9. Moving Expenses: If you have moved and established a new home to be employed or start a business, you can claim eligible expense from your employment or self employment from income earned at your new location. There are some details you need to know and which expense to claim, please contact your advisor.
  10. Adoption Expenses: As a parent, you can claim eligible adoption expenses related to the adoption for a child under the age of 18 to a maximum of $15,670, certain conditions apply.
  11. Keep a record of expenses: If you plan to deduct business expenses for your business for the 2018 taxation year, you need to make sure the amounts are reasonable and that you have proper documentation to back up any claimed expenses. Failure to do so can lead to big problems with CRA.  These may be disallowed and you can end up spending a lot of time justifying it.  Travel log must be kept if you plan to claim your vehicle expenses.  Similarly, if you plan to claim meals or entertainment as an expense, you need to keep proper documentation.
  12. Declaration of Condition of Employment: Form T2200 which is issued by your employer when some or all of your income is commissions. Be very careful on the expenses that you claim as CRA will only allow those expenses that your employer deem you have to expensed and you’re not reimbursed.  Furthermore, ensure your expenses are backed by invoices and receipts and a travel log.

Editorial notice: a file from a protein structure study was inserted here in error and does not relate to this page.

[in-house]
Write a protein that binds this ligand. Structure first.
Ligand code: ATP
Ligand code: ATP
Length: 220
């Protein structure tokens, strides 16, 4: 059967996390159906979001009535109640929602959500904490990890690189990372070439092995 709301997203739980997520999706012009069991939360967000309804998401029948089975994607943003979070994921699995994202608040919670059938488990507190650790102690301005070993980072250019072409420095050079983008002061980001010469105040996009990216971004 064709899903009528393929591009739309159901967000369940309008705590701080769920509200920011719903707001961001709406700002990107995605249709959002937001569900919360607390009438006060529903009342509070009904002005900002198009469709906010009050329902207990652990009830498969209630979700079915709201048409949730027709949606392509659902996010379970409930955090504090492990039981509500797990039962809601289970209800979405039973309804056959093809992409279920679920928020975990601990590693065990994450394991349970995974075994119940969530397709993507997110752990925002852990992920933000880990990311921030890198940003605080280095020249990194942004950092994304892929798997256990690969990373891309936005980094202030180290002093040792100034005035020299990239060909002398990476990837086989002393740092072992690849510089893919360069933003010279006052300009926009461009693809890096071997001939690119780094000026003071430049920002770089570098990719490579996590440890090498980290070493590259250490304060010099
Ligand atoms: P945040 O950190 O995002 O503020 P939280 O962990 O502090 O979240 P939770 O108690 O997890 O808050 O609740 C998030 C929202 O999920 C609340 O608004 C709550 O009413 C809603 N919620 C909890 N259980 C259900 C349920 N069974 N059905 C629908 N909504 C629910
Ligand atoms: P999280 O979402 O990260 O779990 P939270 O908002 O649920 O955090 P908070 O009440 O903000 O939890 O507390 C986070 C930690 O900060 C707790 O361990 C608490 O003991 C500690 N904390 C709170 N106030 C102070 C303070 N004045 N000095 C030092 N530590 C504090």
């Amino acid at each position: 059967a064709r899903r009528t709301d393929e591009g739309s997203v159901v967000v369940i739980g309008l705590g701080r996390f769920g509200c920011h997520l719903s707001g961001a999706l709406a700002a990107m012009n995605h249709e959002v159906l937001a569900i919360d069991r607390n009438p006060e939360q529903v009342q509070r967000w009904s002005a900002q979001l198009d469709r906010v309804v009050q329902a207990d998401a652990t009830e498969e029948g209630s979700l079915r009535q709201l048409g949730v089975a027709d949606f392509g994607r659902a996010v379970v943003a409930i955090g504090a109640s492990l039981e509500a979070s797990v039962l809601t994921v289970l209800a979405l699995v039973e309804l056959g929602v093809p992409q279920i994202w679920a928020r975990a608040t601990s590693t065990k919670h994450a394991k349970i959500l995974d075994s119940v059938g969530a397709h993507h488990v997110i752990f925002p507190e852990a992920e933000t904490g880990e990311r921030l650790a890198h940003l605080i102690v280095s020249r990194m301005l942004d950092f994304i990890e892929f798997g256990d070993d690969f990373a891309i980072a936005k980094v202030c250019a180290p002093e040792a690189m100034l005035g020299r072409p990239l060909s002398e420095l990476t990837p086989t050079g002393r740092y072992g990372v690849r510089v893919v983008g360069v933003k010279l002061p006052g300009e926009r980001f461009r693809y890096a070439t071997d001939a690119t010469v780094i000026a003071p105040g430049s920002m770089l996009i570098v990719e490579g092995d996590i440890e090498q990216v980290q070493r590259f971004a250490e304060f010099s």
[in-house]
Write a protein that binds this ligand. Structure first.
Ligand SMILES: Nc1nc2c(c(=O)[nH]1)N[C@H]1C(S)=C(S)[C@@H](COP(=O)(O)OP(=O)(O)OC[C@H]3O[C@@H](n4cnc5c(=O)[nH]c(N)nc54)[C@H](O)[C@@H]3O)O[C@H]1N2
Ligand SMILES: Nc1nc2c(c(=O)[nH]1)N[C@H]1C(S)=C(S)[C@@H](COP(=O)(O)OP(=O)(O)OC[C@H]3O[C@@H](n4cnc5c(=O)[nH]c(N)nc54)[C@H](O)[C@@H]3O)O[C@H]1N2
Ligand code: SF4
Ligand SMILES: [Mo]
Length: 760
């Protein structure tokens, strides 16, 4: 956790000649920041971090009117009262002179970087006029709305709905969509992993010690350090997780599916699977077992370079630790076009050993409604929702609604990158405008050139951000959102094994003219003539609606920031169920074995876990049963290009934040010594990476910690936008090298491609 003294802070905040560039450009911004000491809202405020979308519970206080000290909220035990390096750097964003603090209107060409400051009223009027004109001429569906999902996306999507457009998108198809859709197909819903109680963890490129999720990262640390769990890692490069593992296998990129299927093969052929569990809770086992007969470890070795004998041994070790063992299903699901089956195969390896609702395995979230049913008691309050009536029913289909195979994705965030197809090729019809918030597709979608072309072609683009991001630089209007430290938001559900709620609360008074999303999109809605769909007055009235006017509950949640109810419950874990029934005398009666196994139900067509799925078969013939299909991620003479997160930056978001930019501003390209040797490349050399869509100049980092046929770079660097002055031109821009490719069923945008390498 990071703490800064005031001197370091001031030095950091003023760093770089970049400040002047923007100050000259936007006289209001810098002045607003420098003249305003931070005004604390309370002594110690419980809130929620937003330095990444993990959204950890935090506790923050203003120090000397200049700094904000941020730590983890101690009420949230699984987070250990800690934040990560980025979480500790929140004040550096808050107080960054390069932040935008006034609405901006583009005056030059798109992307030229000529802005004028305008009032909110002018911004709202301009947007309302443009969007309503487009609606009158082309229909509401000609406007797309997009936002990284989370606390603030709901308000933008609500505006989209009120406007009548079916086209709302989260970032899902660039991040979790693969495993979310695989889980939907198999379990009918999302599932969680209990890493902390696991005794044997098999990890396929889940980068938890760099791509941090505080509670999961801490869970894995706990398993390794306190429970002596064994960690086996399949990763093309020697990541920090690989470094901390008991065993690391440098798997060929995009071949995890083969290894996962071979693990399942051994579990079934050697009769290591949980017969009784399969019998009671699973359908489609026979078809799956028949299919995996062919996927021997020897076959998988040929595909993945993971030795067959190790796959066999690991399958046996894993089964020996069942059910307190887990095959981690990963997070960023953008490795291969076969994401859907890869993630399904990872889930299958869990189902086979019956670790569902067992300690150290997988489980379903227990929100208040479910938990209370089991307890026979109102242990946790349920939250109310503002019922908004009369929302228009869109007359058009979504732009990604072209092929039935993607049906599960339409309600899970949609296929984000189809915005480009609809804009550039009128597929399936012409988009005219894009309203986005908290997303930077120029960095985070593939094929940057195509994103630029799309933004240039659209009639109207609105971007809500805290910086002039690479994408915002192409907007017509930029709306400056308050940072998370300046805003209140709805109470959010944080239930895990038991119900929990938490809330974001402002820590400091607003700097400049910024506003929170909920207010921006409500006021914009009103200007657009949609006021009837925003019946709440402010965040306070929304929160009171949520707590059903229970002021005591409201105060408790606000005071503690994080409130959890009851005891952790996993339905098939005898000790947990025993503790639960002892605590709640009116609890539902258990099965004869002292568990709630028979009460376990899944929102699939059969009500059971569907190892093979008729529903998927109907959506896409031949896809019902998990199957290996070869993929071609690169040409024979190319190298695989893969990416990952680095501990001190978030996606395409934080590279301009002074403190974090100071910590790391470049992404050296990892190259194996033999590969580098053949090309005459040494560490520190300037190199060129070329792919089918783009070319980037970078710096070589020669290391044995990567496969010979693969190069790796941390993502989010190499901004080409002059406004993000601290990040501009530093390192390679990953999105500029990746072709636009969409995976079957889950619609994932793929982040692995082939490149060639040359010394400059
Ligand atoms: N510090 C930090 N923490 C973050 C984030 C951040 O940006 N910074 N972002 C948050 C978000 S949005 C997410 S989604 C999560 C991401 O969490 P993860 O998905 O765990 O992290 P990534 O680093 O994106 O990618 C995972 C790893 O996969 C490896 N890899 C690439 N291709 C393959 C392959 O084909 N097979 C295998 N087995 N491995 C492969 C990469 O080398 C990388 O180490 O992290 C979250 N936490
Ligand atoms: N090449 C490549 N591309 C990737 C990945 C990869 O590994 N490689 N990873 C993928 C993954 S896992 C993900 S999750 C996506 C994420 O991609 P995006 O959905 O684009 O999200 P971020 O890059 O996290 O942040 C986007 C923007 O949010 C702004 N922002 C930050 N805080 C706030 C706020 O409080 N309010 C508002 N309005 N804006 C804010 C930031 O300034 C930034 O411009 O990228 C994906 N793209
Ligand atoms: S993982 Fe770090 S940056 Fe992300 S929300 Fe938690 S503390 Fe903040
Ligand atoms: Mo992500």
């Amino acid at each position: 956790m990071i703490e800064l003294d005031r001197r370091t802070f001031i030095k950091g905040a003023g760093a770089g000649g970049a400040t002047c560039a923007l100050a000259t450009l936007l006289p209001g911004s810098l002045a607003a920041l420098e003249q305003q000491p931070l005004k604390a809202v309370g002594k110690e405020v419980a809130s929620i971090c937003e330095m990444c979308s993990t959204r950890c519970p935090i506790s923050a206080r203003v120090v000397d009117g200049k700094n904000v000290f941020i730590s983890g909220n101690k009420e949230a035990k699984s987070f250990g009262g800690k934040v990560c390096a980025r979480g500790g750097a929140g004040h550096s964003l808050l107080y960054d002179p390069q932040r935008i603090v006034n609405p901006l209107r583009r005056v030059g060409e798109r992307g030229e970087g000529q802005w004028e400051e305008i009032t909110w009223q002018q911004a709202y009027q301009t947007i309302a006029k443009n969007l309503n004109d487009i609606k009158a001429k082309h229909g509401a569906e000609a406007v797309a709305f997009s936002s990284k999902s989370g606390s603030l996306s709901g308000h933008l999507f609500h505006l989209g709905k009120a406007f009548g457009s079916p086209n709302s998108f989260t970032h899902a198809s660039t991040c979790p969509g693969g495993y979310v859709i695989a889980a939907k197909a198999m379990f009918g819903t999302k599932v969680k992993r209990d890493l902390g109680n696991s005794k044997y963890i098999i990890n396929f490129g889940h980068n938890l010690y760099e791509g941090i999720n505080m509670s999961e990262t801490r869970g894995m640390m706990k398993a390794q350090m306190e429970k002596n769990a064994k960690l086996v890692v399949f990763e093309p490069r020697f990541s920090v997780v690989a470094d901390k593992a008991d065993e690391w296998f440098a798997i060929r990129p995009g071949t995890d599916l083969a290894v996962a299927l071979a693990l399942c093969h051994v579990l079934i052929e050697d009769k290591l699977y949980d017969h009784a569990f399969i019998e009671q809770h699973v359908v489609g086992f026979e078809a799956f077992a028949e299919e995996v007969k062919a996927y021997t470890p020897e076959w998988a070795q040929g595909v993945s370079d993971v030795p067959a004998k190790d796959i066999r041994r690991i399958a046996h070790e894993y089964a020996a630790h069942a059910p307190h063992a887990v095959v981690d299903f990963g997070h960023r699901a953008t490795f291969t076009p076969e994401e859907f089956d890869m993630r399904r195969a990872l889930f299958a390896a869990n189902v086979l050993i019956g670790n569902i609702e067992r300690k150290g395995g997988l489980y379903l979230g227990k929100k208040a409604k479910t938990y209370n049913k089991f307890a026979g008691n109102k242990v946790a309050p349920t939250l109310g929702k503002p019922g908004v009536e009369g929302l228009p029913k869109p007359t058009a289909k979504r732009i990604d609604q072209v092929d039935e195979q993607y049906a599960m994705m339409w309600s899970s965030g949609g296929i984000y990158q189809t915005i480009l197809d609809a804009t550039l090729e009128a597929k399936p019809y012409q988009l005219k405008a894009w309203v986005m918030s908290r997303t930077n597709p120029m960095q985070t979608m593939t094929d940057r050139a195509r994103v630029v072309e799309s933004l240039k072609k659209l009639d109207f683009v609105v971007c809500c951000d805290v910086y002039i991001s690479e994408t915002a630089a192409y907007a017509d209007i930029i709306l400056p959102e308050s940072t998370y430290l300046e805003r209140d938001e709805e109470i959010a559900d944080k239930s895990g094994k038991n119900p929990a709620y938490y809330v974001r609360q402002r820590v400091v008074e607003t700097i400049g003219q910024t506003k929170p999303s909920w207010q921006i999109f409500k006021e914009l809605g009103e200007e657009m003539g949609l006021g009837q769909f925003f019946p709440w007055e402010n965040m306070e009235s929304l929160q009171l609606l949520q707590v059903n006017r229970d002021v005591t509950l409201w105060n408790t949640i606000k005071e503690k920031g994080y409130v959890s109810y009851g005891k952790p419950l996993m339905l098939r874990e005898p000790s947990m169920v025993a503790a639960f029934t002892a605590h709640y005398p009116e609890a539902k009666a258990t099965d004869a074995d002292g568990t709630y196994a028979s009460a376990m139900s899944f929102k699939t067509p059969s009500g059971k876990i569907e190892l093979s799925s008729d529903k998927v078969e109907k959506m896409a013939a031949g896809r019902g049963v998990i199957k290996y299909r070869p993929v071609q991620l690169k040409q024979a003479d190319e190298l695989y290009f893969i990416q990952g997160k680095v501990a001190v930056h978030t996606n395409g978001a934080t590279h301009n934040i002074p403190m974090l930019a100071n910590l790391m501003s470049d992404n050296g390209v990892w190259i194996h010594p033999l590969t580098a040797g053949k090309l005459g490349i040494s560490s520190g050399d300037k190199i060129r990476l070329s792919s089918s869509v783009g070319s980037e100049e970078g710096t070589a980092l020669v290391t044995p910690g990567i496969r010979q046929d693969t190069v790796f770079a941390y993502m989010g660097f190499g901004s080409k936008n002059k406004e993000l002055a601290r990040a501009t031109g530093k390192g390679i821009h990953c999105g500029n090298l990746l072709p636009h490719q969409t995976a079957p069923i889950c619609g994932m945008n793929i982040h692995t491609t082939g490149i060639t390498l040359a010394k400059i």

13. Claiming the principal residence exemption: If you sold your principle resident and bought another one, be sure to advise your tax preparer as there are new requirements to follow to be eligible for the tax free capital gain.
  14. Review capital gains and losses: Going over your portfolios to identify investments that have achieved significant gains or losses is a good idea to do in the latter part of the year. Selling investments with capital losses before year end allows you to offset capital gains realized elsewhere within a portfolio. Net capital losses that aren’t used for the 2018 tax year can be carried back three years or carried forward to any future taxation year to offset net capital gains.    If a decision to sell an investment that has experienced a significant loss already has been made, accelerating that decision and selling in 2018 may make sense to take advantage of the tax-planning opportunity.  December 27th is the last day for trading so that it can be settled by December 31st.

We certainly hope although not exhaustive, but we have provided you with some guidelines to file your personal tax return.  No attempt has been made here to look into Sole Proprietor, partnerships or incorporated businesses. Please see your tax practitioners if in doubt.

About the writer

Meiz Majdoub, B.Comm, is a financial professional with over 30 years of experience and is accredited with a CLU, CH.F.C. He is also a member of the Conference for Advance Underwriters (CALU). and the Estate Planning Council Of Ottawa. He  has helped individuals, organizations and corporations attain their goals in the areas of Financial & Estate Planning, Insurance, Living Benefits and Employee/ Group Benefits. He can be reached at: 613-749-4007, or